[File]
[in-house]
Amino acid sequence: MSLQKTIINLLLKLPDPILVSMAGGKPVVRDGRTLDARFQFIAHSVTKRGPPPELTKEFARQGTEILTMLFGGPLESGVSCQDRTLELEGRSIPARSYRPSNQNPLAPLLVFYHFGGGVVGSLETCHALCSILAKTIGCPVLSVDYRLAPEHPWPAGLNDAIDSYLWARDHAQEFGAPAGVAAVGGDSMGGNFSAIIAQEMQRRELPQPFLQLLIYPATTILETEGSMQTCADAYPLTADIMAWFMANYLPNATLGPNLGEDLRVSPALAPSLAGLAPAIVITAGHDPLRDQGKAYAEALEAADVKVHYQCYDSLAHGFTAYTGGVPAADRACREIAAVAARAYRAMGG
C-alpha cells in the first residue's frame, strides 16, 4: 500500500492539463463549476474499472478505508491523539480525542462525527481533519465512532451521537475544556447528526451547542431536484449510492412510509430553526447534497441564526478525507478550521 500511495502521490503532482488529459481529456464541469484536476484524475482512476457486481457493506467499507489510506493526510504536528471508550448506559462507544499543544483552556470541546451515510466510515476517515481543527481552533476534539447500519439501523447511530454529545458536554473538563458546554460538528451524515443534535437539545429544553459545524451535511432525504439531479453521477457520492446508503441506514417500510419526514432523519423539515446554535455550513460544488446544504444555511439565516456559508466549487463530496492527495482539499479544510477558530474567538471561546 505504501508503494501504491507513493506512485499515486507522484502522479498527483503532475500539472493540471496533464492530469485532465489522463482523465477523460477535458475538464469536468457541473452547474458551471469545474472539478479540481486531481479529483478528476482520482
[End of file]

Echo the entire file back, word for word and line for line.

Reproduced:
[in-house]
Amino acid sequence: MSLQKTIINLLLKLPDPILVSMAGGKPVVRDGRTLDARFQFIAHSVTKRGPPPELTKEFARQGTEILTMLFGGPLESGVSCQDRTLELEGRSIPARSYRPSNQNPLAPLLVFYHFGGGVVGSLETCHALCSILAKTIGCPVLSVDYRLAPEHPWPAGLNDAIDSYLWARDHAQEFGAPAGVAAVGGDSMGGNFSAIIAQEMQRRELPQPFLQLLIYPATTILETEGSMQTCADAYPLTADIMAWFMANYLPNATLGPNLGEDLRVSPALAPSLAGLAPAIVITAGHDPLRDQGKAYAEALEAADVKVHYQCYDSLAHGFTAYTGGVPAADRACREIAAVAARAYRAMGG
C-alpha cells in the first residue's frame, strides 16, 4: 500500500492539463463549476474499472478505508491523539480525542462525527481533519465512532451521537475544556447528526451547542431536484449510492412510509430553526447534497441564526478525507478550521 500511495502521490503532482488529459481529456464541469484536476484524475482512476457486481457493506467499507489510506493526510504536528471508550448506559462507544499543544483552556470541546451515510466510515476517515481543527481552533476534539447500519439501523447511530454529545458536554473538563458546554460538528451524515443534535437539545429544553459545524451535511432525504439531479453521477457520492446508503441506514417500510419526514432523519423539515446554535455550513460544488446544504444555511439565516456559508466549487463530496492527495482539499479544510477558530474567538471561546 505504501508503494501504491507513493506512485499515486507522484502522479498527483503532475500539472493540471496533464492530469485532465489522463482523465477523460477535458475538464469536468457541473452547474458551471469545474472539478479540481486531481479529483478528476482520482